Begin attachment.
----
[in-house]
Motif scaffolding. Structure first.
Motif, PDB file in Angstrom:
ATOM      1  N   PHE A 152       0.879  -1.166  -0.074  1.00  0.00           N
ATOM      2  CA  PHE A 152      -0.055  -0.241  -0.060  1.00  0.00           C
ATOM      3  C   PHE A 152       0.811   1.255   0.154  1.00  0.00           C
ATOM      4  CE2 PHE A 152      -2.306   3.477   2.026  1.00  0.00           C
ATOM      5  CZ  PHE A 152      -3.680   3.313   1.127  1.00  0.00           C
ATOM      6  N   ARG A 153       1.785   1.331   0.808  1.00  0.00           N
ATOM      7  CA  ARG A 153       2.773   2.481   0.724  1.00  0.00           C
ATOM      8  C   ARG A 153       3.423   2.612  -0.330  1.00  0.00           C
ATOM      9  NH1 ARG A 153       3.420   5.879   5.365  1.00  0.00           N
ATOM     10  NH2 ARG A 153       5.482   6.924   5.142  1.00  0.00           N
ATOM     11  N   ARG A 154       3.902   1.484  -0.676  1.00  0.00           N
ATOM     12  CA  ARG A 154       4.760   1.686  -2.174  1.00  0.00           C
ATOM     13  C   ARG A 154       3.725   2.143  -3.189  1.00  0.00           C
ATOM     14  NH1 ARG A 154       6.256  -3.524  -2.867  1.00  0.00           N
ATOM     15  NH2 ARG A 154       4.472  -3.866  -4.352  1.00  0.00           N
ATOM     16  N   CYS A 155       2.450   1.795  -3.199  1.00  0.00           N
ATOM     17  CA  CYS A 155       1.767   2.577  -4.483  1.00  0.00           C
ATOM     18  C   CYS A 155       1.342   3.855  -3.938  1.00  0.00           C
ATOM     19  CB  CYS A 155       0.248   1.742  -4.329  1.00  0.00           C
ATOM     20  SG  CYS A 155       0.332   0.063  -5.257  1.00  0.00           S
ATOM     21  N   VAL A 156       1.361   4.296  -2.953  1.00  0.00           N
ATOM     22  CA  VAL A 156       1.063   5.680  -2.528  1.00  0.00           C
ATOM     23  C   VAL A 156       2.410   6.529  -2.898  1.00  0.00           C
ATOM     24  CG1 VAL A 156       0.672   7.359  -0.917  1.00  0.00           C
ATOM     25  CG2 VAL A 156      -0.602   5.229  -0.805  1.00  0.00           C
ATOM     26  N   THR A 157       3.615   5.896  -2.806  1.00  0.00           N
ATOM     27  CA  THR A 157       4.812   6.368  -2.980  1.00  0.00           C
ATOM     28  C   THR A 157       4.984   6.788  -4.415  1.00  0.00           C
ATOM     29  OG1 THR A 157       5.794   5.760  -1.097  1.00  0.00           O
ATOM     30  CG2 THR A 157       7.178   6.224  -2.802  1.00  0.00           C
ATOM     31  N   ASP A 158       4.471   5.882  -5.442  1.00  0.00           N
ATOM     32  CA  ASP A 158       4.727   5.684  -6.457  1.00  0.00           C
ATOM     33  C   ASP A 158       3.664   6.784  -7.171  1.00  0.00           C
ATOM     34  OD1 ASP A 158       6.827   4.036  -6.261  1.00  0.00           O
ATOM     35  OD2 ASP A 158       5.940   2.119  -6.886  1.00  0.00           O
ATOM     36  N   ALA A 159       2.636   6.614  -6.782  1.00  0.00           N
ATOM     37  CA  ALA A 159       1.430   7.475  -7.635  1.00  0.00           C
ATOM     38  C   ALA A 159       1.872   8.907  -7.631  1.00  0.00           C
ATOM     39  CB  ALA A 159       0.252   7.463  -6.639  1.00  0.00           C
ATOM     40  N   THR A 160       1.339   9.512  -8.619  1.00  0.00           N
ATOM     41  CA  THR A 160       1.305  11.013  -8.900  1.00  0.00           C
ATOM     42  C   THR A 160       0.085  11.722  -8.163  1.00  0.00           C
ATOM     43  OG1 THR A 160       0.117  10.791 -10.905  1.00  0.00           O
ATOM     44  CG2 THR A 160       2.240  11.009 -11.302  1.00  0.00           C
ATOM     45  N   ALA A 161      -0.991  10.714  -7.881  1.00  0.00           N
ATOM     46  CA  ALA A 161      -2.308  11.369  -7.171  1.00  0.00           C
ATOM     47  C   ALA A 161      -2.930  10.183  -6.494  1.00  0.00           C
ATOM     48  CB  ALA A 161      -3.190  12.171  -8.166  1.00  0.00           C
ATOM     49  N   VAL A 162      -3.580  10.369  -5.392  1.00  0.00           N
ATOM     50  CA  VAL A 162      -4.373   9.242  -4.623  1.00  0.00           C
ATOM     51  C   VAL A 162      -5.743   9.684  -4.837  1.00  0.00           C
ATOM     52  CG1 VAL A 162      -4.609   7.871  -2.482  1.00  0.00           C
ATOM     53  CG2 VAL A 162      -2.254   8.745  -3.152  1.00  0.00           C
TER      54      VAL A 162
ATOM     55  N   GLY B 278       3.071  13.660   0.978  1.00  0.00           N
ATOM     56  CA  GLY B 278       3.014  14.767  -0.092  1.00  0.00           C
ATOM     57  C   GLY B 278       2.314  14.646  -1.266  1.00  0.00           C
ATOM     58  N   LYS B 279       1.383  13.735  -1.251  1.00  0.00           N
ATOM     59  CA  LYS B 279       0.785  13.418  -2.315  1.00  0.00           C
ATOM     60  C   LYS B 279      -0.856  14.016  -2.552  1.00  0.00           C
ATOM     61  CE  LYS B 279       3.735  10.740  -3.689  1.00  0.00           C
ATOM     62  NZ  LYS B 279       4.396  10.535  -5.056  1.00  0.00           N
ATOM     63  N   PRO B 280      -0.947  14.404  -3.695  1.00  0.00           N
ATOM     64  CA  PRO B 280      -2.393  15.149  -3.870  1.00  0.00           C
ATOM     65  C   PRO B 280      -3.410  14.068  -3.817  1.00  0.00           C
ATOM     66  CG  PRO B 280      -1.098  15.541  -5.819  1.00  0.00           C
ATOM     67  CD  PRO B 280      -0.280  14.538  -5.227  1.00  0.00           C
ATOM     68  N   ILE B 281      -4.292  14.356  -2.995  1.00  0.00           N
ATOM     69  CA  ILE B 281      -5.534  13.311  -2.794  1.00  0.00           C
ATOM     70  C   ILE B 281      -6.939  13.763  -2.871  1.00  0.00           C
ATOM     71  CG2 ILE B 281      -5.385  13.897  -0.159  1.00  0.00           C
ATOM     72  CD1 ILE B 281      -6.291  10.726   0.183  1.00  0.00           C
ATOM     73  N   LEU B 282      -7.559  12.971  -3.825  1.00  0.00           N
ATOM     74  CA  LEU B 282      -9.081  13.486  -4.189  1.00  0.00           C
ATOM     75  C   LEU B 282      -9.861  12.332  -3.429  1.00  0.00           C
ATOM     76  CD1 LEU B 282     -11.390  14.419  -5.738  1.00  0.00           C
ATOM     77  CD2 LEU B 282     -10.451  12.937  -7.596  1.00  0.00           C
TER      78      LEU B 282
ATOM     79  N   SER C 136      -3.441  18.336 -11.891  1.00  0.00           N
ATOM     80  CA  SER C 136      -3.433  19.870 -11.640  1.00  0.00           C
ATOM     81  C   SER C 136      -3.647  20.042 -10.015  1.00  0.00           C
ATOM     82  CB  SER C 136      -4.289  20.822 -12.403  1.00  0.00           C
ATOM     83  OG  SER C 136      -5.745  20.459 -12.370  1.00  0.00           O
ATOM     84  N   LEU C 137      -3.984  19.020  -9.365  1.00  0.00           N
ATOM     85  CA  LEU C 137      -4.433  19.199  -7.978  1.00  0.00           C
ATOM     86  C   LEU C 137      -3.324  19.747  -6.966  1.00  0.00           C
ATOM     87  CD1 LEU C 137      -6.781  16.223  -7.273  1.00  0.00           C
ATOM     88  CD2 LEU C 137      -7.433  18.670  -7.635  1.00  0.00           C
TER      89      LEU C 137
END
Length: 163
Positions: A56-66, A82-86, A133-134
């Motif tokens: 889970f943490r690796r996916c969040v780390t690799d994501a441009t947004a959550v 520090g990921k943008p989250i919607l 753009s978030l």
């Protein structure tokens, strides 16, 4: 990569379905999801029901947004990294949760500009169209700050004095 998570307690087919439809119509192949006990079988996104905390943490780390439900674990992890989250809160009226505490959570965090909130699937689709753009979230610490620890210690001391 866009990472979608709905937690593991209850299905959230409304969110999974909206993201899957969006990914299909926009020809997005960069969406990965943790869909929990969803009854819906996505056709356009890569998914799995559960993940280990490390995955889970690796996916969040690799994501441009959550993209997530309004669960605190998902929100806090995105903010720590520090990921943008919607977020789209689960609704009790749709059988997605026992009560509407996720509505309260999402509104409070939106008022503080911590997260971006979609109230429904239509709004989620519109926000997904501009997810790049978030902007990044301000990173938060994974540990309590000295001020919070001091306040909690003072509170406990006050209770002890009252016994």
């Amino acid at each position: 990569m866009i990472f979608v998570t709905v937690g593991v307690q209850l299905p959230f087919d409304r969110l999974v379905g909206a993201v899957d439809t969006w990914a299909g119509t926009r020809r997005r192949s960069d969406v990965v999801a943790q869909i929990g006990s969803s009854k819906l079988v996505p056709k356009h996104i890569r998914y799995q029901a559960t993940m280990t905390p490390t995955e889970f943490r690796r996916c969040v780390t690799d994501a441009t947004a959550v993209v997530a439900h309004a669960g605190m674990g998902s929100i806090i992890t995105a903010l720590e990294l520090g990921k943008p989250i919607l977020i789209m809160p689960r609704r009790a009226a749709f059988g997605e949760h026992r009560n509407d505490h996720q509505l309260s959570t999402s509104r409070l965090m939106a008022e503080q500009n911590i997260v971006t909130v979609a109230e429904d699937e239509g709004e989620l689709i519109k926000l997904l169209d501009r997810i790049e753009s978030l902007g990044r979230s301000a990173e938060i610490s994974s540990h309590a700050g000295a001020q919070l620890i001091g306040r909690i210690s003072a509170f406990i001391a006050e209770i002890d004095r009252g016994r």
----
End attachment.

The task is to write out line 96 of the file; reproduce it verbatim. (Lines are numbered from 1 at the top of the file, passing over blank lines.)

């Motif tokens: 889970f943490r690796r996916c969040v780390t690799d994501a441009t947004a959550v 520090g990921k943008p989250i919607l 753009s978030l």